Invisible Romans: Prostitutes, Outlaws, Slaves, Gladiators and Others by Robert C Knapp - review by Christopher Hart

Christopher Hart

Plebs on Parade

Invisible Romans: Prostitutes, Outlaws, Slaves, Gladiators and Others

By

Profile Books 312pp £25 order from our bookshop
 

A Roman in Africa once made a curse, calling on the daemon to ‘torture and kill the horses of the Green and the White teams, kill and smash the charioteers Clarus, Felix, Primulus, Romanus’, and ‘not leave a breath in them’. Fragments of these curse tablets have been found all over the Roman world, and they can tell us a great deal about who could write, how people felt about sport, and how they saw the world.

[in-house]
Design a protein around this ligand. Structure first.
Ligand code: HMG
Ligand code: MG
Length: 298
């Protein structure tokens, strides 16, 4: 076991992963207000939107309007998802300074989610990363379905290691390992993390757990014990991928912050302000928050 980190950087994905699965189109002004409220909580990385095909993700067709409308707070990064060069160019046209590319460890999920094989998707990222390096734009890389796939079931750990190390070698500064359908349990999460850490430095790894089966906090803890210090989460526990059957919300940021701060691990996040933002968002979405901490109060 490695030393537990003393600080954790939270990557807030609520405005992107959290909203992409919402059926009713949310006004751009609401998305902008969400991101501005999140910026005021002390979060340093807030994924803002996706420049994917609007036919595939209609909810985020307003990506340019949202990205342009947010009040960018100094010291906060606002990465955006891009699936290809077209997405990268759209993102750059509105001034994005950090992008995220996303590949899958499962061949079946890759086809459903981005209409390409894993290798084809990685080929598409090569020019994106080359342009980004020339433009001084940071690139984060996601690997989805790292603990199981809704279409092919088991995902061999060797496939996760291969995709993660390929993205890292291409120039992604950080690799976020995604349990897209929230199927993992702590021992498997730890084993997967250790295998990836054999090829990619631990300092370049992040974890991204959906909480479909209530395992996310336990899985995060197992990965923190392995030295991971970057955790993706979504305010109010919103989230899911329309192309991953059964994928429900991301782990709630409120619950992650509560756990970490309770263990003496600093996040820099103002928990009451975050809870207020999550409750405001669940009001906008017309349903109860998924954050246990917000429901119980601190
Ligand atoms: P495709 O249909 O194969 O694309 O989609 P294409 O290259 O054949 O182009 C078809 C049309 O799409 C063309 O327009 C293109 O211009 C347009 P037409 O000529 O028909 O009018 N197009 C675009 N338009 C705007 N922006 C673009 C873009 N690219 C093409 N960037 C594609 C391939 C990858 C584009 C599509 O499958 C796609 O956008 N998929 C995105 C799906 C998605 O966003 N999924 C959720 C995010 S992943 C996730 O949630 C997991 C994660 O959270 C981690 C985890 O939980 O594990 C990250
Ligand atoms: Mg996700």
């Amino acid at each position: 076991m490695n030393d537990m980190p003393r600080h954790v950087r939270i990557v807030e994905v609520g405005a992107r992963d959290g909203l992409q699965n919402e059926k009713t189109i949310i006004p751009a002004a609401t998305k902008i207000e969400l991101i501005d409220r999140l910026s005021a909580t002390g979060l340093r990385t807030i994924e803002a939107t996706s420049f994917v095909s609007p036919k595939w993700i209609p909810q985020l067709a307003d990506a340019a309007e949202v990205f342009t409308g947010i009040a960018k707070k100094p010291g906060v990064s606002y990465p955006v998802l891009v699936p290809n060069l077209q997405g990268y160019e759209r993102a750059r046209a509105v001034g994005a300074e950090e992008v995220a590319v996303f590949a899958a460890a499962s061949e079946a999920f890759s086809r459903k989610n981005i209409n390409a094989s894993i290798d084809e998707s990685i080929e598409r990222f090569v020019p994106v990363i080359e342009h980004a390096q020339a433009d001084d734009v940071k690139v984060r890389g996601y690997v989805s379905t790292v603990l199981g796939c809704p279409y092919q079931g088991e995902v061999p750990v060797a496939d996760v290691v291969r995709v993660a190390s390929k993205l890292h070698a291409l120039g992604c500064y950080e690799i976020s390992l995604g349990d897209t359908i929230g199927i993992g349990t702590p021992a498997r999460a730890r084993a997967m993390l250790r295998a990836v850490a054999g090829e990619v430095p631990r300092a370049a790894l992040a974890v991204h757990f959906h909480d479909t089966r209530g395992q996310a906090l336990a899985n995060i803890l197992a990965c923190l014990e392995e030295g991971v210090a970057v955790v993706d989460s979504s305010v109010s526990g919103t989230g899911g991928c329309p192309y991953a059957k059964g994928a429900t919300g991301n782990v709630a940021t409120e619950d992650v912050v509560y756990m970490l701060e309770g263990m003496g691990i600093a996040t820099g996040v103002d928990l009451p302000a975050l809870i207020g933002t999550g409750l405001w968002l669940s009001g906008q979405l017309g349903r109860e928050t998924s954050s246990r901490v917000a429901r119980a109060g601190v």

They are just one of the unusual sources that Robert Knapp uses to such good effect in this intriguing history of ‘invisible Romans’: those who rarely appear, let alone speak, in the loftier reaches of literature, yet who made up by far the largest part of Rome’s empire.

Sign Up to our newsletter

Receive free articles, highlights from the archive, news, details of prizes, and much more.

Follow Literary Review on Twitter